Select Committee on Science and Technology Written Evidence


Memorandum from Sir John Skehel, Director, National Institute for Medical Research

  I'd like to comment on three issues raised by the MRC presentations at the Inquiry on 1 December.

  1.  On several occasions Professor Blakemore mentioned the Clinical Research Centre at Northwick Park and the Stoker Report on it in January 1986. He quoted from the report (Q13) in responding to Dr Turner: "Because of the way medicine is developing . . . etc. This should be achieved by the move of the NIMR". Perhaps there has been a drafting problem but this quotation is exact in detail until the last sentence "This should be achieved by the move of the NIMR" which is not present in the copy of the Stoker report that I have available. The section of the Stoker report at issue is Section 2 which had 17 subsections; NIMR is not mentioned in one of them.

  I have it on good authority that no serious suggestion of a move of NIMR to Northwick Park was made to my predecessor and certainly neither on my appointment in 1987 nor in the 17 years since then has the Stoker report or any suggestion of transfer of NIMR from Mill Hill been mentioned to me by MRC, until I was given the FIS subcommittee report on 31 March 2003.

  I suspect that Professor Blakemore is wrong in all his conclusions on the Stoker report and that as a new CEO he may be fighting yesterday's battles for yesterday's men.

  2.  Professor Savill in answer to Q15 from Dr Turner referred to the numbers of clinical fellows at the Clinical Sciences Centre (54), at his own institution in the last five years (33 clinical training fellows and 13 higher levels), and at one of the Colleges that submitted, 189 clinical training fellows and 22 clinical scientists. He and subsequently Professor Blakemore consider that the number of nine clinicians scientists in training at Mill Hill is disappointingly small. There are two points in relation to NIMR performance in this area:

    (a)  There may well be differences in nomenclature for clinicians in training and different counting procedures. As far as I can gather from the following communications from a senior colleague at the Clinical Sciences Centre this may have led to an inappropriate comparison.

    "I suspect the number quoted is so high because many Hammersmith clinicians are affiliated with the CSC and their fellows are being counted in this exercise. In terms of marrying basic and clinical science however the fellows that count are those that cross the boundary, ie those that go to work in basic science labs. As I say this number is probably on a par with NIMR and certainly not dramatically higher."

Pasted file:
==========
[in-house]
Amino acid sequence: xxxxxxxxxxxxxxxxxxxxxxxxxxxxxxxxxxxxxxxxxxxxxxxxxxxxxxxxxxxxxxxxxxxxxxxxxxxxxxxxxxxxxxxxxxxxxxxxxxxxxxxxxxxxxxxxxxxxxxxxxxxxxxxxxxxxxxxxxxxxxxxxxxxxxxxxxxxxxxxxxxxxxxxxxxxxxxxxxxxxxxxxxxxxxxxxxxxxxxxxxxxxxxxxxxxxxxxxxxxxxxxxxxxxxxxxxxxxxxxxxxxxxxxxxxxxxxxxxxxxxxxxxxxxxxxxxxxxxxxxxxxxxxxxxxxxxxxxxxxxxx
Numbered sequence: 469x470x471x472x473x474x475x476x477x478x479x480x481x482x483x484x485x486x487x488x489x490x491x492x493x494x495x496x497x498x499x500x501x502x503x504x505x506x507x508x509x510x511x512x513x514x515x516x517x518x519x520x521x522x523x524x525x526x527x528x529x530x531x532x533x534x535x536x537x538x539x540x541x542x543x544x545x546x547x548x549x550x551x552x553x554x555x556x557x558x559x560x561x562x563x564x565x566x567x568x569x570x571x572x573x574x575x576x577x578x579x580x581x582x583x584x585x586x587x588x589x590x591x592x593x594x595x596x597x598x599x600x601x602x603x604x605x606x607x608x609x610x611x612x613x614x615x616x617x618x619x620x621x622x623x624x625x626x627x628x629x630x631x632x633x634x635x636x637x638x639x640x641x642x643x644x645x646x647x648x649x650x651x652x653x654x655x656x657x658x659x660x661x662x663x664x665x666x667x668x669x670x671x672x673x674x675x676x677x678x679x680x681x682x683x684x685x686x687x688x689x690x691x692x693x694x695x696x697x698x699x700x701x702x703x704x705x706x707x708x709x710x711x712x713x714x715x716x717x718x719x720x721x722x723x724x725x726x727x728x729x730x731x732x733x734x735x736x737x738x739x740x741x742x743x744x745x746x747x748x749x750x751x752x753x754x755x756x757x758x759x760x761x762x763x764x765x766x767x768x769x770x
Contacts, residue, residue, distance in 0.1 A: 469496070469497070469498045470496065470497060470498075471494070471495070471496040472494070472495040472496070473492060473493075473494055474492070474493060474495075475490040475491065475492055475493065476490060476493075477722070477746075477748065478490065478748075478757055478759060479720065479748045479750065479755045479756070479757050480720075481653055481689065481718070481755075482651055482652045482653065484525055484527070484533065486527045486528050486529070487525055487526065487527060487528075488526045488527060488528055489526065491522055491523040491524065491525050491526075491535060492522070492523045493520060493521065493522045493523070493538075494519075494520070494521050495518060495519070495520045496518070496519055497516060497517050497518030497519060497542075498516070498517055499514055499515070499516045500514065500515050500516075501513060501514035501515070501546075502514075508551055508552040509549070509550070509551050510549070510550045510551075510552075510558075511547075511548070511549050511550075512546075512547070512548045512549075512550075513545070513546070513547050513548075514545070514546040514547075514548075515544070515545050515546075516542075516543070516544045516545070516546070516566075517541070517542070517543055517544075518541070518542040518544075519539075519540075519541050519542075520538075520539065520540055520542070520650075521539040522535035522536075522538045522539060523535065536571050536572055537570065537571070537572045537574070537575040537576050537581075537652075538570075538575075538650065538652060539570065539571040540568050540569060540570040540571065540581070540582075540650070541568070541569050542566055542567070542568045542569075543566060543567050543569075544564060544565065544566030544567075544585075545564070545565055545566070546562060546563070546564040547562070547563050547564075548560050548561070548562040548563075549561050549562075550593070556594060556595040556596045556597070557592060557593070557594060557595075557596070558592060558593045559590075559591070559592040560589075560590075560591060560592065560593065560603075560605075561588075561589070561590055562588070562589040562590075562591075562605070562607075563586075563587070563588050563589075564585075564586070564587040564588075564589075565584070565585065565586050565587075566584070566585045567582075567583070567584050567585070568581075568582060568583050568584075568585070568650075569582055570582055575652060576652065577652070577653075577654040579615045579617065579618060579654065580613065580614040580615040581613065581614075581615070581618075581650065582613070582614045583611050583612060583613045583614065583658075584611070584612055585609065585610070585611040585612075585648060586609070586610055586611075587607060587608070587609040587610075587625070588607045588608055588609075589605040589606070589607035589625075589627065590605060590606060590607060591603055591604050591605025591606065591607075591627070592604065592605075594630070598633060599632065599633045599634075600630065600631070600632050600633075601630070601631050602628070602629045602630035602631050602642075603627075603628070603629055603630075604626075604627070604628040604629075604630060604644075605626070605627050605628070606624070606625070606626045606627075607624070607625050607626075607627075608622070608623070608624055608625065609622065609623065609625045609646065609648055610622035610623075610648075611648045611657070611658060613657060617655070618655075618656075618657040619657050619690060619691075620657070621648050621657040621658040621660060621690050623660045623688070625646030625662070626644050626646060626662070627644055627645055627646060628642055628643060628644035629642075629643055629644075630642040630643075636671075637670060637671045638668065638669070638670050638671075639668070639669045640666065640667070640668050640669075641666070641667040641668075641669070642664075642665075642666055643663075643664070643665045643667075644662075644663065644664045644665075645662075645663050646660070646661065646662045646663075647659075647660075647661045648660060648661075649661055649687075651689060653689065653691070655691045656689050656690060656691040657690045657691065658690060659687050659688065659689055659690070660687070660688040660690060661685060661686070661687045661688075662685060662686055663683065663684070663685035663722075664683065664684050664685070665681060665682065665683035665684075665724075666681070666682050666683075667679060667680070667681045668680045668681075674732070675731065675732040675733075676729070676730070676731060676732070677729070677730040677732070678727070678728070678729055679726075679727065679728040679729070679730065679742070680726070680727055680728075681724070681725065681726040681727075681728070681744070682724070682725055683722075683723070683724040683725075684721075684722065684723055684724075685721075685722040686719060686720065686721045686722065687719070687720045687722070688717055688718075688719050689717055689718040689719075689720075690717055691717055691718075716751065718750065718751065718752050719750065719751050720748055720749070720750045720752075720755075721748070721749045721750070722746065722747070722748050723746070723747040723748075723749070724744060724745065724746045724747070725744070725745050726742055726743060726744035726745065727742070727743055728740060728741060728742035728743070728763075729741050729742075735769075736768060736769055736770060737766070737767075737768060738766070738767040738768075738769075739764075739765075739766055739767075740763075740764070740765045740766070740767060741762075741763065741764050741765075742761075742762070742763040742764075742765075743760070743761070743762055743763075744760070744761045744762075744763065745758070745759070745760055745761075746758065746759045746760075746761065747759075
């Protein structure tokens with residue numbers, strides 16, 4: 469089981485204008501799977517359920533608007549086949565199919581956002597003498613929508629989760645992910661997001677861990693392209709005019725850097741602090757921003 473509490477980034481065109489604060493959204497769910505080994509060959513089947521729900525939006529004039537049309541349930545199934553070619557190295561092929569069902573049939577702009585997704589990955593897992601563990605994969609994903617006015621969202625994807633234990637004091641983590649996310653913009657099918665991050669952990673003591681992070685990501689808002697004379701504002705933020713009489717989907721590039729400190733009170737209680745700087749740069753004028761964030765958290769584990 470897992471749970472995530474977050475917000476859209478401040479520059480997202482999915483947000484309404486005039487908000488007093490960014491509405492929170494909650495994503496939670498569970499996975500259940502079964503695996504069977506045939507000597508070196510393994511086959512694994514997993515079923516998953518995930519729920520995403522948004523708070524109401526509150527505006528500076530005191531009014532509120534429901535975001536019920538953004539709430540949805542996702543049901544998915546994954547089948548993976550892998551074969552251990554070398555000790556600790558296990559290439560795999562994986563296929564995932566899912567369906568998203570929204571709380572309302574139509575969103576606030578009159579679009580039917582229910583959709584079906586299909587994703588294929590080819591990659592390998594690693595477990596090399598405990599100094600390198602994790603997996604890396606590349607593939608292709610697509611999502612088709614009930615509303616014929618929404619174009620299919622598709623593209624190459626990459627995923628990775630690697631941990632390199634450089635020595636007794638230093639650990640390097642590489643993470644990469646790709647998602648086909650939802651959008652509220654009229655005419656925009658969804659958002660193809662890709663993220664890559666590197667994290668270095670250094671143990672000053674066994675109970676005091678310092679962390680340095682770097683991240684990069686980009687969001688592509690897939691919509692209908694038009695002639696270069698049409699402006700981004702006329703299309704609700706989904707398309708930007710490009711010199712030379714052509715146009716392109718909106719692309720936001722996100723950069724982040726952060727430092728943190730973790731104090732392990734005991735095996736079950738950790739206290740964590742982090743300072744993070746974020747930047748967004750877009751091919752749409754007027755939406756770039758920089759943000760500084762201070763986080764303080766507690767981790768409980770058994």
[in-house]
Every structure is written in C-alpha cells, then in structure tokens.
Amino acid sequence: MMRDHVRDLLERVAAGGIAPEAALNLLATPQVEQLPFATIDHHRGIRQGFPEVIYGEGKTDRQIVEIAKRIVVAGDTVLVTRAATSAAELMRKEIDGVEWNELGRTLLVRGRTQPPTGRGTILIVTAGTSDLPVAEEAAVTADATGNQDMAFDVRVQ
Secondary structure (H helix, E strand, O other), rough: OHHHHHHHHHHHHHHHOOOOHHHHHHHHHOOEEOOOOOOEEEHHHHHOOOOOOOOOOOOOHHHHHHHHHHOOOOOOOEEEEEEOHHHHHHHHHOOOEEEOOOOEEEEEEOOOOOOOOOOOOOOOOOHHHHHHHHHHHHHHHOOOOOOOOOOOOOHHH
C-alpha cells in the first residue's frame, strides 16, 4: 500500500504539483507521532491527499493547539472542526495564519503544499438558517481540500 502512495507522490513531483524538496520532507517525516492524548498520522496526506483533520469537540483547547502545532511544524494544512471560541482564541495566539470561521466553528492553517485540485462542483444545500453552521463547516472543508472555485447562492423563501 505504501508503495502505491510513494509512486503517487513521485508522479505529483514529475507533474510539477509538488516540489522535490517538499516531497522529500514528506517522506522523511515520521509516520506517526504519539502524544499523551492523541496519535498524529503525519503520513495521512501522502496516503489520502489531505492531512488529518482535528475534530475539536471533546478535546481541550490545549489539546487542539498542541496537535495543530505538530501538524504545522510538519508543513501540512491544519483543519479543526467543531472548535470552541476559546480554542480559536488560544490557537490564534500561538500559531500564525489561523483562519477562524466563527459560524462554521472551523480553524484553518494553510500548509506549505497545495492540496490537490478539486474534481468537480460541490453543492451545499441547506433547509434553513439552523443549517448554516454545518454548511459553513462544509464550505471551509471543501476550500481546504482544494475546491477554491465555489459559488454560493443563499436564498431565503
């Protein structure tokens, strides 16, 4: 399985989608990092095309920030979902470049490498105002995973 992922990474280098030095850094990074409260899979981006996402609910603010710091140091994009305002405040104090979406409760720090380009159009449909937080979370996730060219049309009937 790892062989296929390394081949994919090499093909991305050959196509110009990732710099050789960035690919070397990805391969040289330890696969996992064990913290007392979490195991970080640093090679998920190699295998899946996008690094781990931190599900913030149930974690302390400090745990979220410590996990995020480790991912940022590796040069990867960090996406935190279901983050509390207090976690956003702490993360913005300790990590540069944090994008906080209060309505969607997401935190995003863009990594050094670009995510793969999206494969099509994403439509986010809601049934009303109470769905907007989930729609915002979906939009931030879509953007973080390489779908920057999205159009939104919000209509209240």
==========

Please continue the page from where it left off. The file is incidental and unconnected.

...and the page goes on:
(b)  In the NIMR quinquennial review in which MRC endorsed NIMR strategy for the period 2001-06, MRC complimented the Institutes performance and increased its capital equipment and recurrent expenses budgets. No major changes in direction were recommended.

  To some extent Professor Savill and the CEO are importing an issue, which will of course be addressed by NIMR in the appropriate future reviews. This is also the case for Professor Blakemore's additional comment on the proportion of NIMR budget that derives from sources other than MRC. Our performance and strategy in this regard were also endorsed by MRC for the 2001-06 period.

  3.  The MRC Chairman Sir Anthony Cleaver and the CEO Professor Blakemore both raised the issue of the state of the NIMR building at Mill Hill and, the committee were given similar information in the session before the inquiry by Lord Sainsbury. All three indicated that there was concern that the building, according to the advice that they received, was not capable in the long term of meeting the needs of the Institute.

  In fact during the last 12 months the site has been surveyed for MRC by Powis Hughes, Ove Arup and NIFES. There were no adverse comments from the consultants regarding the Institute building structure but there were comments on its increasing life expectancy through investment, huge potential for development and recommendations for routine budgets to maintain decoration, plant and fixtures/fittings. The building construction is of 600 mm thick solid brick wall elevations with an internal steel column and beam support frame structure suspending the steel reinforced concrete floors. There are no notable defects in this structure or history of any necessary structural repairs since its building in the 1930s. There is no reason to suspect that this structure will fail or require anything more than routine repairs for the long term future.

  On the issue of refurbishment standards, MRC investment during the last 10 years has allowed a refurbishment programme for all the laboratories that is more than 70% complete, and that has led to the increased life expectancy referred to above.

December 2004

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